According to a recent study published in Nature Astronomy, an international team of researchers has discovered a small satellite galaxy of the Milky Way filled with dark matter. However, the emissions are more likely the result of millisecond pulsars blasting out cosmic particles.
The magenta structures in figure 1 show two enormous gamma radiation bubbles that are being blown out of the galactic centre and are each 50,000 light-years across. This hourglass-shaped phenomenon was spotted with the Fermi Gamma-ray Space Telescope about ten years ago, but its origin has remained a mystery.
These radiation lobes are known as Fermi bubbles, and they are patched with a few mysterious substructures that emit very bright gamma rays. The Fermi cocoon, one of the brightest spots in the southern lobe (magnified inset in figure 2), was initially believed to be the result of previous outbursts from the galaxy’s supermassive black hole.
The Fermi cocoon is actually due to form soon, according to an international team of researchers led by former Kavli Institute for the Physics and Mathematics of the Universe (Kavli IPMU) Project Researcher Oscar Macias (currently a GRAPPA Fellow at the University of Amsterdam) and Australian National University Associate Professor Roland Crocker. They also included Kavli IPMU Visiting Scientists Shunsaku Horiuchi and Shin’ichiro Ando.
From Earth, we can observe this Milky Way satellite galaxy through the Fermi Bubbles (figure 1). It has lost most of its interstellar gas and many of its stars have been torn from its core into elongated streams as a result of its close orbit around our galaxy and previous trips through the galactic disc.
There were only a few explanations for Sagittarius’ gamma-ray emission because it was dormant, lacking both stellar nurseries and gas, including: I a population of unidentified millisecond pulsars; or ii) dark matter annihilation.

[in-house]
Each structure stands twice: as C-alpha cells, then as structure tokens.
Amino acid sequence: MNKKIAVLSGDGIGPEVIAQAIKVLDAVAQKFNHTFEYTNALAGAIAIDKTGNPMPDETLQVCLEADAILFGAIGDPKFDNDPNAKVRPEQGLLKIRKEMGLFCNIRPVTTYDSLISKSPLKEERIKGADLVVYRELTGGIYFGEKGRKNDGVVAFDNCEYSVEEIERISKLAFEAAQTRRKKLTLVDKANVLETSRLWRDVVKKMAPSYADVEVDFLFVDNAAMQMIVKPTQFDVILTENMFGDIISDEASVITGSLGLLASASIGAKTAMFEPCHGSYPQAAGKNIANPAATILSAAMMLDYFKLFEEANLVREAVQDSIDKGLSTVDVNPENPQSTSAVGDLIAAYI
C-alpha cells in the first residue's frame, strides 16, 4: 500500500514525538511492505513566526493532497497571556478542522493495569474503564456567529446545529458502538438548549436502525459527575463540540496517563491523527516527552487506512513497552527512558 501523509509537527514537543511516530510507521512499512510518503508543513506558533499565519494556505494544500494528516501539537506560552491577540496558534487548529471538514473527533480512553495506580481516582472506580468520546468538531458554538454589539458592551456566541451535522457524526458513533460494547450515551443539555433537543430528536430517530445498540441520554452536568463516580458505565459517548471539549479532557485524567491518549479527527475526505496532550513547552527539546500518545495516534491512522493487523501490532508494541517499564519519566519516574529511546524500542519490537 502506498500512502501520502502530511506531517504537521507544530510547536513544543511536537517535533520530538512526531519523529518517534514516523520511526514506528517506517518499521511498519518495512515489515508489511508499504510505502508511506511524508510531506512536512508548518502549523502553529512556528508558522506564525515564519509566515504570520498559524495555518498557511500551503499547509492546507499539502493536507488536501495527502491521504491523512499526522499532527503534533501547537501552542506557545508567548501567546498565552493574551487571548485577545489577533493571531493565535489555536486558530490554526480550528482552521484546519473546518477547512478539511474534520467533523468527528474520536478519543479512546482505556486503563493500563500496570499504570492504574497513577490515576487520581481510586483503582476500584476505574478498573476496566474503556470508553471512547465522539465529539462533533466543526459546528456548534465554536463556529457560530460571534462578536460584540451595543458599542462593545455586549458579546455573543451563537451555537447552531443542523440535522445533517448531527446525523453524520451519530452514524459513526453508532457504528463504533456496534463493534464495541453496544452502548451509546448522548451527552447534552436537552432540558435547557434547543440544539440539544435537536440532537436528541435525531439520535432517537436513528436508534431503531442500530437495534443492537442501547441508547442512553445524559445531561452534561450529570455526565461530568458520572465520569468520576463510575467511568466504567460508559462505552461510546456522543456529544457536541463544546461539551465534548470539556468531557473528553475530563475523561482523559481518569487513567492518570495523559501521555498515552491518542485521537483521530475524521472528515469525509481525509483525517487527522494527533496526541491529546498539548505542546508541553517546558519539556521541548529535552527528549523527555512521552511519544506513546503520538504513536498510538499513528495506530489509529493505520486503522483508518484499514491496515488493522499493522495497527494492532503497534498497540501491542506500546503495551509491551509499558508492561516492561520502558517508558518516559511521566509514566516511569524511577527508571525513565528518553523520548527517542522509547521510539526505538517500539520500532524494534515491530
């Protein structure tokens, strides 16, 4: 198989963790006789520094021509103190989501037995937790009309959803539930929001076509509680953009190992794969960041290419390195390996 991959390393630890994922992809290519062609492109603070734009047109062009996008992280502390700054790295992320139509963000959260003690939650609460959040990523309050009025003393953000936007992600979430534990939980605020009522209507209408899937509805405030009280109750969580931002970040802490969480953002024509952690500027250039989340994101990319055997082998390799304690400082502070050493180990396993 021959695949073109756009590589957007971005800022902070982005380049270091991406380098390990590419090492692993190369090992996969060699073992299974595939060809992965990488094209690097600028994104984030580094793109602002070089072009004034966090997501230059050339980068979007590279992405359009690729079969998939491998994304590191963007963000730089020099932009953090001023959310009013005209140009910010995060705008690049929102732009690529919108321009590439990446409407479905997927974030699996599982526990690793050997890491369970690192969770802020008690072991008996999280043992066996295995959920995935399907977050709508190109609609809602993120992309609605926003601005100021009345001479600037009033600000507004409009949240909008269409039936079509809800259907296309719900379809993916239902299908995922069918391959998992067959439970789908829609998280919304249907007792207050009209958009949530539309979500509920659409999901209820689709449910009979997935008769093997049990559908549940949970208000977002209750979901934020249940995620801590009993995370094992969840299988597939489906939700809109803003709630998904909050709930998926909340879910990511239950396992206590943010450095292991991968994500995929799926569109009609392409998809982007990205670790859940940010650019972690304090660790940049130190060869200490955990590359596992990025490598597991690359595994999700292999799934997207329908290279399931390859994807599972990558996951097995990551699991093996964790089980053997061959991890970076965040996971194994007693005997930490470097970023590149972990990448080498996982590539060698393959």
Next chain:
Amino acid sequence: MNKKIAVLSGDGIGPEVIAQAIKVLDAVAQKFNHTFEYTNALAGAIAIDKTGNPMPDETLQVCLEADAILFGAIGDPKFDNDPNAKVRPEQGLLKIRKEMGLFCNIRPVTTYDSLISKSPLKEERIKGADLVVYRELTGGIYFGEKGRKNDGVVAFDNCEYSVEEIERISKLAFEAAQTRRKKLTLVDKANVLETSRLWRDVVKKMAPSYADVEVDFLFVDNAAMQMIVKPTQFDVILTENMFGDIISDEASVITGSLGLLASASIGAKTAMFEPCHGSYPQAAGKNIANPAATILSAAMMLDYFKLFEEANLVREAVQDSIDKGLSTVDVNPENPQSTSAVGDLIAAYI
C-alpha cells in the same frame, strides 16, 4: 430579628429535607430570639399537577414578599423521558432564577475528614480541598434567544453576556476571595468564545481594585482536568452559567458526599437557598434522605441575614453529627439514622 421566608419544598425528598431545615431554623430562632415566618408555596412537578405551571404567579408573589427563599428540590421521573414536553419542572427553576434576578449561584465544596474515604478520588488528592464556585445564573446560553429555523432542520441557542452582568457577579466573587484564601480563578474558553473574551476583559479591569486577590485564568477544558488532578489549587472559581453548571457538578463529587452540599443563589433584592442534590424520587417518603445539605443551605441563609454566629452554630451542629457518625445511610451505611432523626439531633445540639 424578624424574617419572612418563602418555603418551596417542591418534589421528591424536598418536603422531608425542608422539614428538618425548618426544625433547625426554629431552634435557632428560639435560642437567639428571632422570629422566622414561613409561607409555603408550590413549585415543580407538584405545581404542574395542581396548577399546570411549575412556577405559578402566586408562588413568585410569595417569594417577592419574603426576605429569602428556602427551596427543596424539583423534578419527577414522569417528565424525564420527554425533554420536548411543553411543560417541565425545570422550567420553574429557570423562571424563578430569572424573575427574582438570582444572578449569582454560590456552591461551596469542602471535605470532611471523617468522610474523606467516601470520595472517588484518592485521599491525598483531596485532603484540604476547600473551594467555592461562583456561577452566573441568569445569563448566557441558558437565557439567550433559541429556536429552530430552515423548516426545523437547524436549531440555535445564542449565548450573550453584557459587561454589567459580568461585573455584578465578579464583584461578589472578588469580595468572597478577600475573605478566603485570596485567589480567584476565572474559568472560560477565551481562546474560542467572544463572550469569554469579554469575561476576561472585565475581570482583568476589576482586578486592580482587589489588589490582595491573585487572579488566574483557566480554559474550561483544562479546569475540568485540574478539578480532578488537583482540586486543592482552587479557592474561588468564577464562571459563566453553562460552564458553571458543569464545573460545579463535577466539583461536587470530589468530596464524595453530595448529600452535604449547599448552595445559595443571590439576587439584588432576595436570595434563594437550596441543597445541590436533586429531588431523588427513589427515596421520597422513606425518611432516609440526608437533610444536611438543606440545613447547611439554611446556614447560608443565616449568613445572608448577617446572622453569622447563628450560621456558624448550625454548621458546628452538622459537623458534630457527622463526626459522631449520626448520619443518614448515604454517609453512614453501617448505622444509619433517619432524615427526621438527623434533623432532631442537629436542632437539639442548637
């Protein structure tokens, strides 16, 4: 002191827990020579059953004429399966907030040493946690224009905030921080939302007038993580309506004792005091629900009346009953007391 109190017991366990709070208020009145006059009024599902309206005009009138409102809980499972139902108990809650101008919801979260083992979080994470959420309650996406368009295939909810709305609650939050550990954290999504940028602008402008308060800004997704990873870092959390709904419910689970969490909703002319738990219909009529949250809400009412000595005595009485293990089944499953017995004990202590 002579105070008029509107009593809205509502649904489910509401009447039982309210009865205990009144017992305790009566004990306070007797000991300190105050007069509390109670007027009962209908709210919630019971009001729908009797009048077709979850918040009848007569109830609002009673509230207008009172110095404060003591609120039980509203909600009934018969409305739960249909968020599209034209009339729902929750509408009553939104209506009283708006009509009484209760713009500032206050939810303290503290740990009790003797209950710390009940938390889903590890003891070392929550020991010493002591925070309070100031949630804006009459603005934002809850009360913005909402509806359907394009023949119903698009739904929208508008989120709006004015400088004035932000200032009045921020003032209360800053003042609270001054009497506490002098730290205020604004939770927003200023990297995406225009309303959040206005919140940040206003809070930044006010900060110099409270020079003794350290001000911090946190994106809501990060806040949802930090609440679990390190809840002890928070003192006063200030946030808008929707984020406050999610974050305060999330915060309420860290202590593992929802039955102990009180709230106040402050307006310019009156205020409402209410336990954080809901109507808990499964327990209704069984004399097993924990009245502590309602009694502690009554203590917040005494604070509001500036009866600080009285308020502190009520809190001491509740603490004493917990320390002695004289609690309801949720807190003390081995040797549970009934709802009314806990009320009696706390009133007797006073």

The remnants of some types of stars, many times more massive than the sun, that are in close binary systems and now emit cosmic particles due to their extremely high rotational energies are known as millisecond pulsars. The Cosmic Microwave Background’s low-energy photons collide with the electrons fired by millisecond pulsars, accelerating them to high-energy gamma radiation.
The researchers disproved the theory of dark matter by demonstrating that the gamma-ray cocoon could be explained by millisecond pulsars in the Sagittarius dwarf.
Their discovery clarifies millisecond pulsars as effective accelerators of highly energetic electrons and positrons and raises the possibility that related physical processes are taking place in other Milky Way dwarf satellite galaxies.
“This is important because experts on dark matter have long thought that an observation of gamma rays from a dwarf satellite would be a surefire sign of dark matter annihilation. Our research necessitates a reevaluation of the high energy emission properties of quiescent stellar objects, such as dwarf spheroidal galaxies, as well as their significance as prime candidates for dark matter annihilation searches “Macias said.
On September 5, specifics of their investigation were released in Nature Astronomy.